22. “Now multiply that by a thousand, and you’re likely pretty close.”

    We’ve been in your shoes & I don’t even think multiplying by 1000 brings it close. My son was abused in 2010 & the pain in my heart is as bad today as it was then. I blame them & I blame myself for not paying more attention to the red flags. We’d had many changes in our life just prior to the school year, and I thought much of his anxiety was due to that (he’s non-verbal)…I never in my life thought that teachers could be capable of doing what they did. I will never forgive them, and to the day I die, I will never forgive myself for not protecting my son. Thank you for your blog & your message, there are those of us who understand and support you in your fight!

  23. Reading this gives me goosebumps and so much heartache for you all over again but I hope that finally being able to fight back and fight for your son is healing.

  24. Thank you…my ASD son came home from school with massive bruises. I know that they did not come from another student. My heart aches for our kids.

  25. The fact that you are a writer is a coincidence, and it’s an unlucky one for the district because you are eloquent and forceful. They hurt your baby, and any parent whose baby is hurt will call on all her resources, talents, and contacts to make the people who hurt her baby take responsibility for what they did.

    We’re here for you. You have this huge and growing community of friends and supporters and I hope we can give you extra strength to keep you going for the fight. And I also hope we can out-shout your critics because they have no idea what they’re talking about.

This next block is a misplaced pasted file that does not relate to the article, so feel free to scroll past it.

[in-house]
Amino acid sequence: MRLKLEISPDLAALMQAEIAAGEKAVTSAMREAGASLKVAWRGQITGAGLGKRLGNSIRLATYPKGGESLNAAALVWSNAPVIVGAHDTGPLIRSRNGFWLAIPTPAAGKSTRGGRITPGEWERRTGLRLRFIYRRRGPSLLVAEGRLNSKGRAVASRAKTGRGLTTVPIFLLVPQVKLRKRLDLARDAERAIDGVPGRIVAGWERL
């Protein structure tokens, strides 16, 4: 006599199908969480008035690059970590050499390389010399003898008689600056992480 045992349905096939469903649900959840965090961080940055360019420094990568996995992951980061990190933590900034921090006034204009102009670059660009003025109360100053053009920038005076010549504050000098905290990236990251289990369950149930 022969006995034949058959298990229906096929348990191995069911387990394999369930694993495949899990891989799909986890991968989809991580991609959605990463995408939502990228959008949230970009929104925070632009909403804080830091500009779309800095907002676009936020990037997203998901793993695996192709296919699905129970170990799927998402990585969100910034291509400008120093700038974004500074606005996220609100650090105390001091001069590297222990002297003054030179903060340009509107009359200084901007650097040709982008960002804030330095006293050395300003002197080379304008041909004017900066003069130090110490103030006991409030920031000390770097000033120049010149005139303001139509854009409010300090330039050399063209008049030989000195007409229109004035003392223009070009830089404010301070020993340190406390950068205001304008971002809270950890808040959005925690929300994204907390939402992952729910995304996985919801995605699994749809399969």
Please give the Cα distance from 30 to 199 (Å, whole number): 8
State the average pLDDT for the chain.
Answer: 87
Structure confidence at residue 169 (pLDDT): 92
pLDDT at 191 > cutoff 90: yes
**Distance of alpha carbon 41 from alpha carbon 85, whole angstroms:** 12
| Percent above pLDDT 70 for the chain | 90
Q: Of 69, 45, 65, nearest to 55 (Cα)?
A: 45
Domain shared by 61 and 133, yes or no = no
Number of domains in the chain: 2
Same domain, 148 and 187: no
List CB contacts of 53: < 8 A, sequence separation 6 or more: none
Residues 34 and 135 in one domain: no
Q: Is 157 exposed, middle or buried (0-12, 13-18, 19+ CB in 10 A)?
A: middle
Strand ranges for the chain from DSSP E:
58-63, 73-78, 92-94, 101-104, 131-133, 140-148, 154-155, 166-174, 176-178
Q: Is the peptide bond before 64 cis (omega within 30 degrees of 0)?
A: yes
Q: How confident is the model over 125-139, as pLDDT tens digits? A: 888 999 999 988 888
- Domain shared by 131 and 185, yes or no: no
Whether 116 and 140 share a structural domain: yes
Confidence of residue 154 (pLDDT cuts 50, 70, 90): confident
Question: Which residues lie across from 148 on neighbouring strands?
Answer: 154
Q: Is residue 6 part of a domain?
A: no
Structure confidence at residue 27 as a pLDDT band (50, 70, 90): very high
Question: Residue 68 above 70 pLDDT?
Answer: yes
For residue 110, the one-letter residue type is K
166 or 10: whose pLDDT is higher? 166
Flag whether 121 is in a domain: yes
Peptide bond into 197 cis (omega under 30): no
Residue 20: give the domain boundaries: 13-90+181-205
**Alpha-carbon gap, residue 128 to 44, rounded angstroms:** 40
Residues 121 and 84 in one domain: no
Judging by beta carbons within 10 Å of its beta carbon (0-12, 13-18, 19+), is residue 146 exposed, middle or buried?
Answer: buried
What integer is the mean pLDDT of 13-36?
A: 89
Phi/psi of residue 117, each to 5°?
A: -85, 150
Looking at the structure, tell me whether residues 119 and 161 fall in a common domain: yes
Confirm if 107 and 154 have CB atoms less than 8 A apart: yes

26. I read your blog often but don’t usually comment. As someone who was not a good communicator as a child, I truly appreciate your voice and advocacy for your child. You are helping so many other kids who silently just get treated poorly and for that you should only be praised. My best wishes to you and your family.

  27. You’re always going to have “haters” who think whatever you publicize is to further your own career. But by publicizing as much if this as you can, you are forwarding yournown agenda, and that is the same agenda of every parent, grandparent, aunt, uncle and cousin to children on the spectrum. To make sure our kids are going to safe places that, as you said yourself, foster a learning and growing environment.

    Don’t worry about those who say you’re only in it to further your own career. They haven’t walked a millimetre in your shoes.